Statins is the nick name for so-called HMG-CoA reductase inhibitors and well established for treating high cholesterol. Statin research started with Japanese researchers Endo and Kuroda in 1971 and within a decade Merck has launched lovastatin (Mevacor), the first statin drug.  Today, statins are the second most common class of drugs prescribed in the US after analgesics, and are commonly used for hyperlipidemia and to reduce the risk of heart attack and stroke. What makes statins intriguing is that these drugs have other biological actions beyond the lowering of cholesterol which makes them potentially useful in a bewildering array of medical conditions such as auto-immune conditions, organ transplantation, polycystic ovarian syndrome (PCOS), arrhythmias, chronic obstructive pulmonary disease (COPD), sepsis, contrast-induced nephropathy, cataract, age-related macular degeneration, sub-arachnoid hemorrhage, osteoporosis, dementia, asthma, thromboembolism, Alzheimer and even cancer.  As a class, statins have diverse biological effects including improving endothelial function, stabilizing atherosclerotic plaques, attenuating oxidative stress and inflammation, immuno-modulation, as well as inhibition the thrombogenic response. Many of these actions are executed via a modulation or inhibition of post-translational protein prenylation (also called isoprenylation). The basic biology behind statin effects is way too large a topic to review here and I would suggest reading articles like “Statins: a new insight into their mechanisms of action and consequent pleiotropic effects” in Pharmacol Rep. 2007 Sep-Oct;59(5):483-99 or the excellent downloadable article in Nature Reviews Immunology “Statin therapy and autoimmune disease: from protein prenylation to immunomodulation” for further insight. For our purposes, it suffices to know that the immunomodulatory, antiangiogenic and anti-inflammatory effects of statins all contribute to its anti-cancer potential (for an overview of “statins in tumour suppression”, also see Sassano and Platanias’s article of this title in Cancer Letters 2008 Feb 18; 260(1-2):11-9), and instead we will focus on the practical applicability of the scientific findings to date.  So, here is the background:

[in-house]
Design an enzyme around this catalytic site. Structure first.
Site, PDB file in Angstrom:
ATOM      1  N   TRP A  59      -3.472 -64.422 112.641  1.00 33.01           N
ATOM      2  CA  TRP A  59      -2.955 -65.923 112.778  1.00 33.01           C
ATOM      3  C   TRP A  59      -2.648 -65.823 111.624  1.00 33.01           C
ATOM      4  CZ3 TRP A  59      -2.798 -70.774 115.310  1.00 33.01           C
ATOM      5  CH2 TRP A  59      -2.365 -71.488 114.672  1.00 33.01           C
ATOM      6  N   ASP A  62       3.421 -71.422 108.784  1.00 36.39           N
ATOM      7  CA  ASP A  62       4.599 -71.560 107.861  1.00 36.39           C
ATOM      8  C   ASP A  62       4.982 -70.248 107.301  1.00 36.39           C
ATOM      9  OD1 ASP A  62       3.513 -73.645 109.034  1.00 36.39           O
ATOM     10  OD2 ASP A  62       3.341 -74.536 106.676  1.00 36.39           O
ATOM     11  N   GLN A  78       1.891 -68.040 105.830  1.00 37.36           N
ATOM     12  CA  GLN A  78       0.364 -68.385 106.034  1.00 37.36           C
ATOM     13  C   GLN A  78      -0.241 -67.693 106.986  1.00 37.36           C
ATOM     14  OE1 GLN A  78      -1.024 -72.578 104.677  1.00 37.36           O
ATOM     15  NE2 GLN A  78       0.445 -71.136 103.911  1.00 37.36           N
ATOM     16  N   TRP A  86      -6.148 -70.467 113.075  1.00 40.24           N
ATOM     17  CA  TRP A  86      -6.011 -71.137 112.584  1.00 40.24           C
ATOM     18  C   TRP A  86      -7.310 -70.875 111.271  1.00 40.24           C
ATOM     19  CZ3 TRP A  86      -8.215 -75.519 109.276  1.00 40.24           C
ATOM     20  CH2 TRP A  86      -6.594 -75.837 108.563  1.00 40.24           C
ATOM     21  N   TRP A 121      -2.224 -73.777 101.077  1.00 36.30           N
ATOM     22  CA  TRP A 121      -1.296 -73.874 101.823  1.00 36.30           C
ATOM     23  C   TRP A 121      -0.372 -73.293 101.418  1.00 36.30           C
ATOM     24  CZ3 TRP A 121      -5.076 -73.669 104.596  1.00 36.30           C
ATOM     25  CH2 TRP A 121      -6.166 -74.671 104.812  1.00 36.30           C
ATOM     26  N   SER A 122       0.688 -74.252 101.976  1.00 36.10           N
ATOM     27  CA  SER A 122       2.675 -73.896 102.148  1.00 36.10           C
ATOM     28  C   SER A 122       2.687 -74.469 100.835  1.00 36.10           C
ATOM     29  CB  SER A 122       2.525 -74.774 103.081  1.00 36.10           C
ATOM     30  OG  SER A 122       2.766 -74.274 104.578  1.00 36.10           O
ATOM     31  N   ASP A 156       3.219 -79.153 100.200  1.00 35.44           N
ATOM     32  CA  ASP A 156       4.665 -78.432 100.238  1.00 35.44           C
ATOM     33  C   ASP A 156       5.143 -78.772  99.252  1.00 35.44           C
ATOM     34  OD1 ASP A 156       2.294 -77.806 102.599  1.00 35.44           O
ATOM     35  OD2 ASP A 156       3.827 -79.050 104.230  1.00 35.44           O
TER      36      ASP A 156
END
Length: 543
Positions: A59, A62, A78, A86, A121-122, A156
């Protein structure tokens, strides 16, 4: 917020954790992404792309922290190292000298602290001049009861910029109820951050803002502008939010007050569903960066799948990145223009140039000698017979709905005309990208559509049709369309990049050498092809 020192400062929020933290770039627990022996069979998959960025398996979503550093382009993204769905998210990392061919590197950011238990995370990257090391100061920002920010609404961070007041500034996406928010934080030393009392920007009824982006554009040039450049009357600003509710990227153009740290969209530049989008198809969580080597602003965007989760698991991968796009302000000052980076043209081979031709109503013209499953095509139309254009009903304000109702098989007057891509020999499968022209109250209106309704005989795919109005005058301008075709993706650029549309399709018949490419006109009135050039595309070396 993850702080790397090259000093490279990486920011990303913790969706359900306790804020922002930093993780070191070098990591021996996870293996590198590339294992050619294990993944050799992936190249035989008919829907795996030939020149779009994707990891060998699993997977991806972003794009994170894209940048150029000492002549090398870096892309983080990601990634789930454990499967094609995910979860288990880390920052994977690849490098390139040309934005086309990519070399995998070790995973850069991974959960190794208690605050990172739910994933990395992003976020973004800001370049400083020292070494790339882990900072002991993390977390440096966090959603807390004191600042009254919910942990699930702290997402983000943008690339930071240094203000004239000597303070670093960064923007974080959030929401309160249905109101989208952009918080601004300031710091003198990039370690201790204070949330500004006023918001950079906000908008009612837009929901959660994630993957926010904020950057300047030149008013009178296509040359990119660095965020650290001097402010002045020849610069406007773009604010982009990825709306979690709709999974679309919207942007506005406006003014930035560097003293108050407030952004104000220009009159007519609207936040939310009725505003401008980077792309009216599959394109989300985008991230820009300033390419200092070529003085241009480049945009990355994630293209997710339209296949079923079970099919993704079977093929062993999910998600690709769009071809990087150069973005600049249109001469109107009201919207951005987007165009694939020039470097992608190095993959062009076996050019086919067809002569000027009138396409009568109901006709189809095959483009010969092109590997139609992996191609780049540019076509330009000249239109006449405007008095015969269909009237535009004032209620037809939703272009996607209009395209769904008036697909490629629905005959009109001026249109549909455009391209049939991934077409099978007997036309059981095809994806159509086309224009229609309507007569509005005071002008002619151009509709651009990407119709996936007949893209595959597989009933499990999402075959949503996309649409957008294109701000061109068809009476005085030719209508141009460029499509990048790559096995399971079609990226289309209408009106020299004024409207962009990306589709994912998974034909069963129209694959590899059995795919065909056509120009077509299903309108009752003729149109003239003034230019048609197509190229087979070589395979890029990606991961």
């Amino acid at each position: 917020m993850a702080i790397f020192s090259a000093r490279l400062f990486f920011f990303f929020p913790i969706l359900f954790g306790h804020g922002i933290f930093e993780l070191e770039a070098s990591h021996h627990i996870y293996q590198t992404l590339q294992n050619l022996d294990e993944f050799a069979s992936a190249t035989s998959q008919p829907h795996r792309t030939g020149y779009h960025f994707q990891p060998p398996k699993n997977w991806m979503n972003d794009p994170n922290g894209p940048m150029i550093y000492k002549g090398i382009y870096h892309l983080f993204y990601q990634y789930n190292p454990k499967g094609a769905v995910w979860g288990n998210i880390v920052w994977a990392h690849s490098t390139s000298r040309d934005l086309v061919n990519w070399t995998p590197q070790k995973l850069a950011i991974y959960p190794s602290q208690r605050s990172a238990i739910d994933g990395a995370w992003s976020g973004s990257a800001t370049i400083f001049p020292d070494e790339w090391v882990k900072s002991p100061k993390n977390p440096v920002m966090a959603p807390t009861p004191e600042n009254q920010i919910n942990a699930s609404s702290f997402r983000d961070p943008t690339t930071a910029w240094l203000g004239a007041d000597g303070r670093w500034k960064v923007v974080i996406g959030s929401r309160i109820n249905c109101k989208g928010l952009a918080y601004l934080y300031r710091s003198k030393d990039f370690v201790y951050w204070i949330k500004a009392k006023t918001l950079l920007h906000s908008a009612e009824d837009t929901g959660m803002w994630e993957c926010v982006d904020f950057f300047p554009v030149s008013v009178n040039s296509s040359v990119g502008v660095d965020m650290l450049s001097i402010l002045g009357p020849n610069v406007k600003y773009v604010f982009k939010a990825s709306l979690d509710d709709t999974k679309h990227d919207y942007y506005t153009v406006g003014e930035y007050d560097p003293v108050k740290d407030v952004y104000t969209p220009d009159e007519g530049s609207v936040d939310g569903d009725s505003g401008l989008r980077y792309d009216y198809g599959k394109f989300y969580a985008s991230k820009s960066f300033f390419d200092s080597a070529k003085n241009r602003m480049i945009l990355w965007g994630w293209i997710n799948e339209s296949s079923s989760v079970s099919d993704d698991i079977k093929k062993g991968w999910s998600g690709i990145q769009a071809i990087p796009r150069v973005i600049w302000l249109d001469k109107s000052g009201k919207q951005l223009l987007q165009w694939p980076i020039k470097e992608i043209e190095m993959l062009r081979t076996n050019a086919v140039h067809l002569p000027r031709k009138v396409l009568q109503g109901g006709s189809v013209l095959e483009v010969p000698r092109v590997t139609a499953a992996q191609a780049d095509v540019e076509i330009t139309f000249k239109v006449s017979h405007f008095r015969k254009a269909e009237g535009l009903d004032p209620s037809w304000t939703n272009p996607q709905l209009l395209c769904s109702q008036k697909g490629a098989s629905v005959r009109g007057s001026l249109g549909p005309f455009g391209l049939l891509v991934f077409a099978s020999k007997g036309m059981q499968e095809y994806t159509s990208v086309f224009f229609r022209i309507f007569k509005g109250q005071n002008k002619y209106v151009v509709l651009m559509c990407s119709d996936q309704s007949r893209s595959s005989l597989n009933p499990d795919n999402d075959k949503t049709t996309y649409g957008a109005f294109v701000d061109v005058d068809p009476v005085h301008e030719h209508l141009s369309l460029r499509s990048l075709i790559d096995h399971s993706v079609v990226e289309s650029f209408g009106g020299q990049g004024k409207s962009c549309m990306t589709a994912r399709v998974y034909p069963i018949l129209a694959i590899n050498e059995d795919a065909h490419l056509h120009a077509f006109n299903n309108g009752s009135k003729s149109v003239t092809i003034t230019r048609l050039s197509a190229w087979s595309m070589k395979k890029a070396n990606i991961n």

a) In Vitro (cellular evidence):

There is a large body of in vitro evidence demonstrating the potential of statin’s use against cancer, especially of its potential synergies with other agents against cancer.  We will not be able to list them all, but will cite a sample of some recent research in various cancer types to illustrate as follows:

Breast Cancer – Many studies demonstrated in vitro inhibition of breast cancer cells by statins and synergistic effects with other agents as well, an example would be Campbell et al’s Breast cancer growth prevention by statins in Cancer Res., 2006 Sep 1;66(17):8707-14.

Lung Cancer – Inhibition of various lung cancer cell lines have been widely reported (See Maksimova, E. Lung. 2008 Jan-Feb;186(1):45-54) including against small cell lung cancer (Khanzada UK, et al. Oncogene. 2006 Feb 9;25(6):877-87). Moreover, Furthermore, synergism with greentea, cox-2 inhibitors, gamma tocotrienol, chemotherapy, bisphosphonates has been demonstrated in vitro.

Brain Cancer – Statin treatment inhibited proliferation and migration in human U251 and U87 glioma cells in a dose dependent manner.  Statins also induced apoptosis of glioma cells thought to be related to inhibition of the prosurvival PI3K/Akt pathway triggering caspase-3-dependent cell death through the modulation of lipid rafts (Wu H, et al. Neurosurgery. 2009 Dec;65(6):1087-96). Earlier in 2004, it was also reported that simvastatin induced proliferation inhibition and apoptosis in C6 glioma cells via c-jun N-terminal kinase (Neurosci Lett. 2004 Nov 11;370(2-3):212-7).

Colon Cancer – There are many reports of statins inducing apoptosis in human colon cancer cells and preventing its carcinogenesis. Furthermore, synergism with cox-2 inhibitors, gamma tocotrienol, chemotherapy, TRAIL, butyrate has been demonstrated in vitro and studies showing statins ability to reduce inflammation in colon tissue raises the hope that it may be useful in inflammatory bowel diseases as a chemopreventative against colon cancer.

Ovarian Cancer – There is research to establish that statins induces cell death in ovarian cancer. What is interesting is the existence of possible differential effect between lipophilic (eg simvastatin) v. hydrophilic (e.g. pravastatin) statins (Kato et al, J Cell Mol Med. 2009 May 11)

Prostate Cancer – There are many reports of statins inducing apoptosis in prostate cancer (e.g. PC-3) cells via various mechanisms (Hoque A, et al. Cancer Epidemiol Biomarkers Prev. 2008 Jan;17(1):88-94), e.g. Murtola et al’s recent results demonstrating simvastatin to inhibit prostate epithelial cell growth at clinically relevant doses (Prostate. 2009 Jun 15;69(9):1017-23). Furthermore, synergism with cox-2 inhibitors, PPAR agonists, bisphosphonates, HDAC inhibitors, tocotrienols in vitro have all been reported.